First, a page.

Loyola at a Glance
Prototype phase for new Loyola invention funded by NASA grant
September 27, 2013
Someday soon, smart phones could be charged in a pocket using only body heat to power up the devices. Even sooner, rocket sensors needed to monitor an engine’s health while launching it into space could feature sensors powered solely by the heat generated from the rocket. Those opportunities are within the realm of possibility thanks to a new patent-pending Loyola University New Orleans invention by physics professor Patrick Garrity, Ph.D., now entering the prototype stage thanks to a $74,523 NASA grant awarded by John C. Stennis Space Center.
“The power it takes to charge personal devices on Earth is literally a 10-gigawatt power plant worth every day,” Garrity said. “Body heat is a source of electricity, and we all produce heat. You could integrate that into clothing to charge personal devices. If you can take a power plant offline, that’s a big deal.”
Thermoelectric technology—the ability to turn heat into electricity—has been around for years, but plagued by inefficient processes, the alternative energy technology hasn’t exactly caught on for mainstream uses. But Garrity aims to change that. His method uses complex physics to raise the efficiency of these devices by orders of magnitude.
“The efficiency has been a problem for decades with thermoelectrics. That’s why not many people know about it. Everyone knows about solar power, but with thermoelectrics, the efficiency was so low that research groups have been working to try to raise it to make it competitive with other technologies,” Garrity said.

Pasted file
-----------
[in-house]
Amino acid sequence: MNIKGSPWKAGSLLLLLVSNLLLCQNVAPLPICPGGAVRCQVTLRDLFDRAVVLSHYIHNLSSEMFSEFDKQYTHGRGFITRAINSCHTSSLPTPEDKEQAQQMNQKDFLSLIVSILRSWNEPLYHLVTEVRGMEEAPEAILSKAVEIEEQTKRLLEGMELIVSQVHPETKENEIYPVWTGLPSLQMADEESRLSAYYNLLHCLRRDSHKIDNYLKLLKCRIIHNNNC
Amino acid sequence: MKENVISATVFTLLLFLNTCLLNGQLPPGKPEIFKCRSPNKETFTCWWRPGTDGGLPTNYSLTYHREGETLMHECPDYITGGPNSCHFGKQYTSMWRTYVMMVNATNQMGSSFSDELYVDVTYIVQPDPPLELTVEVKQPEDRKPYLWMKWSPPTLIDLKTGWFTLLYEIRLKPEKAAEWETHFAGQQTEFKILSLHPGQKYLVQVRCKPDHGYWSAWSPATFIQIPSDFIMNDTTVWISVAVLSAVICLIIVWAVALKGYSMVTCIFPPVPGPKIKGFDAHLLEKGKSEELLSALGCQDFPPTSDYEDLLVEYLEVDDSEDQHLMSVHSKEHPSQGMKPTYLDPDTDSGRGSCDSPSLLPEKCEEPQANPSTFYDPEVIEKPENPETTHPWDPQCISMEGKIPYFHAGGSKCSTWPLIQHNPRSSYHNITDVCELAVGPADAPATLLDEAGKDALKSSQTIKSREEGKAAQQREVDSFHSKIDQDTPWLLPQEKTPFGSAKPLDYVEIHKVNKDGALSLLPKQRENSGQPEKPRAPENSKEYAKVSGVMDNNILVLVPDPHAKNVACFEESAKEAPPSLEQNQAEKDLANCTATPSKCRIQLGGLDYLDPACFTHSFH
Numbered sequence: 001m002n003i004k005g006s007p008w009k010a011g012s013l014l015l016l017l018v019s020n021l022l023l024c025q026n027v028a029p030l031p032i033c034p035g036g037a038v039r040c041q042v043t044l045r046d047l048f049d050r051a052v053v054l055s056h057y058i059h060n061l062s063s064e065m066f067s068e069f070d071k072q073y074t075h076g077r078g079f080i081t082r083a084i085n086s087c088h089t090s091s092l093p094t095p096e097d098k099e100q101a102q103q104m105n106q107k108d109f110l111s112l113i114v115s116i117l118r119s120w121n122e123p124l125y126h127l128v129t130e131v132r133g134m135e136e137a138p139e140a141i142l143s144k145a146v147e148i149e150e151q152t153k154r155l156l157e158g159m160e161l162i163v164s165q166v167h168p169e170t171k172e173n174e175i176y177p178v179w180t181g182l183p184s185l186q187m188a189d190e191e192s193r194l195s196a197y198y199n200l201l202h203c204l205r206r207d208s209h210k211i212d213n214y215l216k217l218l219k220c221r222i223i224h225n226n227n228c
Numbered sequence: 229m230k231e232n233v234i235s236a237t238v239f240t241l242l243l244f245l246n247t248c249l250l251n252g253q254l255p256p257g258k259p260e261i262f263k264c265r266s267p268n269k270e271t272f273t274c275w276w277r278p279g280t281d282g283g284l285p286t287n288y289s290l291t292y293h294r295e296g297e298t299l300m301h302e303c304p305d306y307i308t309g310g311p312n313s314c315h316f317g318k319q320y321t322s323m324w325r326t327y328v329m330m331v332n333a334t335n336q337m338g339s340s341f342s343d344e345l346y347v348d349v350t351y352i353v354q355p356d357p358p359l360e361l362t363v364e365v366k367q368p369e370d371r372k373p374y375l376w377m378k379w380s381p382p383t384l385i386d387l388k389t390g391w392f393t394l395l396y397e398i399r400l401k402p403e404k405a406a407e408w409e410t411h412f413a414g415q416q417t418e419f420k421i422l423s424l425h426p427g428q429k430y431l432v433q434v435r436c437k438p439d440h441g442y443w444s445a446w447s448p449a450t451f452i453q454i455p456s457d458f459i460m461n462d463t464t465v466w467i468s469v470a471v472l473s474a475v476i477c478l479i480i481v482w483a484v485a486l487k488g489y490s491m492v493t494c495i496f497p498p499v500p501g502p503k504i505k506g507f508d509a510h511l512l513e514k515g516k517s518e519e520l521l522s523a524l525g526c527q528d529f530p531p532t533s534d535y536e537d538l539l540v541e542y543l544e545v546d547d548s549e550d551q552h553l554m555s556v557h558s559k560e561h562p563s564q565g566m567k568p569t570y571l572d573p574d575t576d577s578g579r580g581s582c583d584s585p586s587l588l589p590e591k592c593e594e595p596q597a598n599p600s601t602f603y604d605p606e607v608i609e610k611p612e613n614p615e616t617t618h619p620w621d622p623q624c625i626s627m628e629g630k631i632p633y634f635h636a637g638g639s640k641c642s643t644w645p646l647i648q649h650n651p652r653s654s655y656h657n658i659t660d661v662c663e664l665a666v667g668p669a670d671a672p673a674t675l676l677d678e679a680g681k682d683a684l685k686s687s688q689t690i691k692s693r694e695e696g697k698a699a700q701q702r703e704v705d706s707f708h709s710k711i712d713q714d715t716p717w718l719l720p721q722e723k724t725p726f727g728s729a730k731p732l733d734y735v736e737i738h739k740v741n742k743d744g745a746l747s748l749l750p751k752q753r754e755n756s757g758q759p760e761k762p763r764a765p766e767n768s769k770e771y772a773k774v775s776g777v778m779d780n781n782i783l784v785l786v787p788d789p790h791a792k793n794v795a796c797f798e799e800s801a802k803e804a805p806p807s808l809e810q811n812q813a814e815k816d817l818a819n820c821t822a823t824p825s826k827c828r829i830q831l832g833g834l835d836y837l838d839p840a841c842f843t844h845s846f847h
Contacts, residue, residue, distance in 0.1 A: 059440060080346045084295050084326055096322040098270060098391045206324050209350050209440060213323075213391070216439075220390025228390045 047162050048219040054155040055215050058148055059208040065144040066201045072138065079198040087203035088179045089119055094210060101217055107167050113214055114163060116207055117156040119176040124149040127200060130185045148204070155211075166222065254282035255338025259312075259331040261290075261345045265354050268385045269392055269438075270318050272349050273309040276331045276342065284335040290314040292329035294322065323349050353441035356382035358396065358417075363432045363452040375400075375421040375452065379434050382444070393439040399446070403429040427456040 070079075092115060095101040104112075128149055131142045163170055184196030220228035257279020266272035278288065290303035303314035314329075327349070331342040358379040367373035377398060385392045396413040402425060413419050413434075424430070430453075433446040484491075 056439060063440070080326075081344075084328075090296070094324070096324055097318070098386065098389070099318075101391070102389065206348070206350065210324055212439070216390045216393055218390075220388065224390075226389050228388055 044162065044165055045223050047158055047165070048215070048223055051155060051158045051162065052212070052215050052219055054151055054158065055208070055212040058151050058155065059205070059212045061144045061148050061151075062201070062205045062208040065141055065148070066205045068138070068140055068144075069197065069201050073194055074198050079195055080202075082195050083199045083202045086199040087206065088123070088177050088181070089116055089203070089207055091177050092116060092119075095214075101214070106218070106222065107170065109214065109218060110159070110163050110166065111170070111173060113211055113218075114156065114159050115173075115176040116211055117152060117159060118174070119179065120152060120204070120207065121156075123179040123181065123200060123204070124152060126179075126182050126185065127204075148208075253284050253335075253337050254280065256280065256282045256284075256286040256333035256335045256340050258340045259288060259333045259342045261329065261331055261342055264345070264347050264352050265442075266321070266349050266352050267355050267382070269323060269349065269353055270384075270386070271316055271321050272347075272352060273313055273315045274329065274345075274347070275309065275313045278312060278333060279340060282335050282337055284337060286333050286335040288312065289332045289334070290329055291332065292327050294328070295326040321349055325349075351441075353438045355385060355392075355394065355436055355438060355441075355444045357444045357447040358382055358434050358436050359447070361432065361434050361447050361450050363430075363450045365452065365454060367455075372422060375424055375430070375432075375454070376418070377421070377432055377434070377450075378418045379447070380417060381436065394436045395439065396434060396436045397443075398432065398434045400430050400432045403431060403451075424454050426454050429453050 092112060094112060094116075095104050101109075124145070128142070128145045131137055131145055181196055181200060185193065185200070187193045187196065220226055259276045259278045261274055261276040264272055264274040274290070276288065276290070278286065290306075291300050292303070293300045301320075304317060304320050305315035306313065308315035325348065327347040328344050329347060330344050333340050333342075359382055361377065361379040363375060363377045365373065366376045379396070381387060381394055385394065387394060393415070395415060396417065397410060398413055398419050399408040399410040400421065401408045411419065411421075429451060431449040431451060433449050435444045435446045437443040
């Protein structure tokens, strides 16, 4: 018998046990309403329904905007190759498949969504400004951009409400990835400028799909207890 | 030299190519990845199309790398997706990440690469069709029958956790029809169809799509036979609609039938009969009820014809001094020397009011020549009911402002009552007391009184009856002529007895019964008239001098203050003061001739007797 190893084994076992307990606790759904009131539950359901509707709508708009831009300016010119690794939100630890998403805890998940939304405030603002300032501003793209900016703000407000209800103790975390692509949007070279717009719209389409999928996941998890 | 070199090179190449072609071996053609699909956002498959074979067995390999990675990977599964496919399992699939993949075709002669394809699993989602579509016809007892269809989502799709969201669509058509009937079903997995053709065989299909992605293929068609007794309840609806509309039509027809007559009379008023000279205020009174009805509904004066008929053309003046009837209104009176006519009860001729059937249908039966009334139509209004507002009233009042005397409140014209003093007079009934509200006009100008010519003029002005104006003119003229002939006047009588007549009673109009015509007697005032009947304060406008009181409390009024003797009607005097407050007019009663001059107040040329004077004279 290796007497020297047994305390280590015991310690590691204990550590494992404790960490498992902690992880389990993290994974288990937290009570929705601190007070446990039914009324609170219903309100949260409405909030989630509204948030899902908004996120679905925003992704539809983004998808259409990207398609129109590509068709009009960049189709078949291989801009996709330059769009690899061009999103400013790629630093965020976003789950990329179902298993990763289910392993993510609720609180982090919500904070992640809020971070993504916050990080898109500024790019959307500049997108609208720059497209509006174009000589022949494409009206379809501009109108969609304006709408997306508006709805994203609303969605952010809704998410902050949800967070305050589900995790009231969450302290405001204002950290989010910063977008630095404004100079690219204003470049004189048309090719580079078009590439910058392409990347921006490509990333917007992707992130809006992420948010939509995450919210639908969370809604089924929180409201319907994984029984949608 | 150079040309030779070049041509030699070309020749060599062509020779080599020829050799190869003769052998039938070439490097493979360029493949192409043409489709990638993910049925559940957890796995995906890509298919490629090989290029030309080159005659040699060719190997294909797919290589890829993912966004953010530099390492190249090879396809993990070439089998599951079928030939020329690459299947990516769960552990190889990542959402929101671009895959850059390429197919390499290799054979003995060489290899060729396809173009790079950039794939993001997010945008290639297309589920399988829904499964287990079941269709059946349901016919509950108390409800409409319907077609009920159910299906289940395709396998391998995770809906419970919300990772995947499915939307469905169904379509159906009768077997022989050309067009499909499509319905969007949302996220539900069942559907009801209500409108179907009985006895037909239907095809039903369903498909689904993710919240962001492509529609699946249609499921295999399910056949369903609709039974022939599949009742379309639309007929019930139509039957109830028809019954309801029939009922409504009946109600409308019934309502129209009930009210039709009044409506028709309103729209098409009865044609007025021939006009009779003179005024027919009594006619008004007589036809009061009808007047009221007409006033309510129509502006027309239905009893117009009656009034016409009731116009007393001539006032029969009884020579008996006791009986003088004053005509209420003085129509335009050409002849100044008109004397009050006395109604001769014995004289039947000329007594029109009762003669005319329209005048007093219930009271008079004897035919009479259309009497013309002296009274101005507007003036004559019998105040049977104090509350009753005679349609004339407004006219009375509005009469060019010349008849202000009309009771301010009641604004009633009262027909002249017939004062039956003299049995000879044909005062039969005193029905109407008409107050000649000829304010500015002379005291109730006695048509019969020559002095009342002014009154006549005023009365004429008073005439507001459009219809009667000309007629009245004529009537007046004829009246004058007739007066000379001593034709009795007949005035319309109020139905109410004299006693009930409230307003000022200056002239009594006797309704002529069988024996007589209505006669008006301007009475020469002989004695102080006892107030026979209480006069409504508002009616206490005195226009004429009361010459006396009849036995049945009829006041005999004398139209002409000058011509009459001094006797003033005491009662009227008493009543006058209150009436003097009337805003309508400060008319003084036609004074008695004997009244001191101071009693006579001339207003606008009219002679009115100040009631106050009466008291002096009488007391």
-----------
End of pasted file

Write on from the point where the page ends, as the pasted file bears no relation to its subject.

While researchers in the past tried creating a new super material to absorb heat and turn it into electricity, Garrity’s method takes a decidedly different approach. Garrity manipulates the inner-workings of a thermoelectric device that resembles a small square chip, called metamaterial. Where the heat enters the chip, Garrity created pathways sandwiched deep inside the device to guide the heat very specifically, making the process of turning heat into power expeditious.
To test the prototype, the grant funds beta tests conducted by Garrity and a Loyola undergraduate researcher (to be announced) at Stennis Space Center located about 50 miles from New Orleans in Mississippi’s Hancock County. Next summer, Garrity expects to test his prototype device’s ability to power sensors mounted adjacent to a rocket engine at the center’s engine testing facility. In addition to the undergraduate researcher, Garrity also assembled a team for the project that includes physics expert Kevin Stokes, Ph.D., and engineering expert Paul Schilling, Ph.D., of the University of New Orleans.
“That’s what I’m most excited about is moving this from the lab bench to an actual application. That’s what we’re working towards. The next step after that would be commercialization, and then we could move to maybe licensing the patent,” Garrity said.
This program is funded with support from Loyola University New Orleans and NASA Cooperative Agreement No. NNS13AA94A. The University of New Orleans is also providing support for the project.
Please contact Mikel Pak, associate director of public affairs at Loyola, at 504-861-5448 to set up media interviews.
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